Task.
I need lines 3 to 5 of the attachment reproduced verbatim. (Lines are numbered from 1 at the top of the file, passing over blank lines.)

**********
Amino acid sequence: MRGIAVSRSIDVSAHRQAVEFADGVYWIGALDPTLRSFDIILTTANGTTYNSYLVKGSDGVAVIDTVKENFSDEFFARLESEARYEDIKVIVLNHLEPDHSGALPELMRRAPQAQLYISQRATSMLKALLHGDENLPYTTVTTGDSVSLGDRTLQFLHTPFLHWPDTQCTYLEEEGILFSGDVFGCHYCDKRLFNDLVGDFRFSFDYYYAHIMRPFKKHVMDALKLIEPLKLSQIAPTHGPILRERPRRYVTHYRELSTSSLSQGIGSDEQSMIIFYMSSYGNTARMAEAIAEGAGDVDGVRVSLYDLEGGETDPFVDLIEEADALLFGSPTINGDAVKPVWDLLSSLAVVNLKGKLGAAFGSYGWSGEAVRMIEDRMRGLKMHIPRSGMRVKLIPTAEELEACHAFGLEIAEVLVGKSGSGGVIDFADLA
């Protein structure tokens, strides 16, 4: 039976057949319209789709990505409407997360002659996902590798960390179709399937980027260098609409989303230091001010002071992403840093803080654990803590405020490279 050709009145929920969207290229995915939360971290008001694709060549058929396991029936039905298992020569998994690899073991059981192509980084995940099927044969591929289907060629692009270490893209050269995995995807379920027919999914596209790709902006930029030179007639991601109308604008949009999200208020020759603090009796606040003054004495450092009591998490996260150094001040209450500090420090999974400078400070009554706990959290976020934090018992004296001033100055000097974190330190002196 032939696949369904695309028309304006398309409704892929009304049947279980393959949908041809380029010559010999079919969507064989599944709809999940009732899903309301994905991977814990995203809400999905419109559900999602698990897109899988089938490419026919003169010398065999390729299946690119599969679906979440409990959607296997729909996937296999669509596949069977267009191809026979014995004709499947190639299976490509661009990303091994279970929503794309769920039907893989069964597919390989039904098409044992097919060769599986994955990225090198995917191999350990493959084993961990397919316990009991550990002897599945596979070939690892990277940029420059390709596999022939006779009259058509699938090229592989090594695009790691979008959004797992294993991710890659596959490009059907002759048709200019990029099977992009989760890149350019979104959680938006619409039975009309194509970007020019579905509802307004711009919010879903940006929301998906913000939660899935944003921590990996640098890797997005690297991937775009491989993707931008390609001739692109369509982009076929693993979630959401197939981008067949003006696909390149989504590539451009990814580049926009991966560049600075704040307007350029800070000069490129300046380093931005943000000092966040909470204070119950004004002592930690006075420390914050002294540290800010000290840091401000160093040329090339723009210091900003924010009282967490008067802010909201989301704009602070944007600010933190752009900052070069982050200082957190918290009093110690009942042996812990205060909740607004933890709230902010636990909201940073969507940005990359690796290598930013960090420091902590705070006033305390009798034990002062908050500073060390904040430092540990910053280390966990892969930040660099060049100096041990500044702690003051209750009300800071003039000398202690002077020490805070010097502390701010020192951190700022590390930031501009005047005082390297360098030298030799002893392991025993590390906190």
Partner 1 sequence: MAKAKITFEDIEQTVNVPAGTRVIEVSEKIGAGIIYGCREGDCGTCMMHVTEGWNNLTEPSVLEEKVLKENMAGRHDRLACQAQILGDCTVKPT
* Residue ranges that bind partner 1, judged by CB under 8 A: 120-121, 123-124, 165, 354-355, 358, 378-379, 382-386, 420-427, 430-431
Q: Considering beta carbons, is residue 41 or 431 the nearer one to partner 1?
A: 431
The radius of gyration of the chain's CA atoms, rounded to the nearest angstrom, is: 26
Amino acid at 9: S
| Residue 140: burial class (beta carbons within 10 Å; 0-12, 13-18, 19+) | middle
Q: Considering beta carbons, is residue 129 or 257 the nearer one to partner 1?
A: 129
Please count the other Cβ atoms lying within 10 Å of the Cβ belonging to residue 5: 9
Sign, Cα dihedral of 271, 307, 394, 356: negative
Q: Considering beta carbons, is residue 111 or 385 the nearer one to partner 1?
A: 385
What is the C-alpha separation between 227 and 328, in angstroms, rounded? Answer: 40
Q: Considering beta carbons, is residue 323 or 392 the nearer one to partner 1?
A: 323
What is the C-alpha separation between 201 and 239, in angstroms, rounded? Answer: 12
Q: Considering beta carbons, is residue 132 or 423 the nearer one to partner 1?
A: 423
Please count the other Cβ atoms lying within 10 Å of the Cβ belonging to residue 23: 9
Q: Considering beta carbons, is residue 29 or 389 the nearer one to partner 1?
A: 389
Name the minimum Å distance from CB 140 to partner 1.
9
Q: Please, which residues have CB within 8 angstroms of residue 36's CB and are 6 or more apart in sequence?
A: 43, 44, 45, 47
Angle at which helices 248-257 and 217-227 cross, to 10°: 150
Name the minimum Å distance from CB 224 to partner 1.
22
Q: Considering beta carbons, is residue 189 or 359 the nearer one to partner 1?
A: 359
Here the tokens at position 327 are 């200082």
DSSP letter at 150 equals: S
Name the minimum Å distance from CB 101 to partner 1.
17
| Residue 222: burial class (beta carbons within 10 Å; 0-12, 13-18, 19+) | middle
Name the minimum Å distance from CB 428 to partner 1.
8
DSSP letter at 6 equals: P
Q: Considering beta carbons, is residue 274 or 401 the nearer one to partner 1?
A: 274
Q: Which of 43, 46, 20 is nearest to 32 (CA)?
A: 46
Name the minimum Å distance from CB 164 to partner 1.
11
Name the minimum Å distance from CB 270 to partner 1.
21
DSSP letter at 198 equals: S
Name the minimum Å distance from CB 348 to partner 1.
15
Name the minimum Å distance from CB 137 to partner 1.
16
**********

Partner 1 sequence: MAKAKITFEDIEQTVNVPAGTRVIEVSEKIGAGIIYGCREGDCGTCMMHVTEGWNNLTEPSVLEEKVLKENMAGRHDRLACQAQILGDCTVKPT
* Residue ranges that bind partner 1, judged by CB under 8 A: 120-121, 123-124, 165, 354-355, 358, 378-379, 382-386, 420-427, 430-431
Q: Considering beta carbons, is residue 41 or 431 the nearer one to partner 1?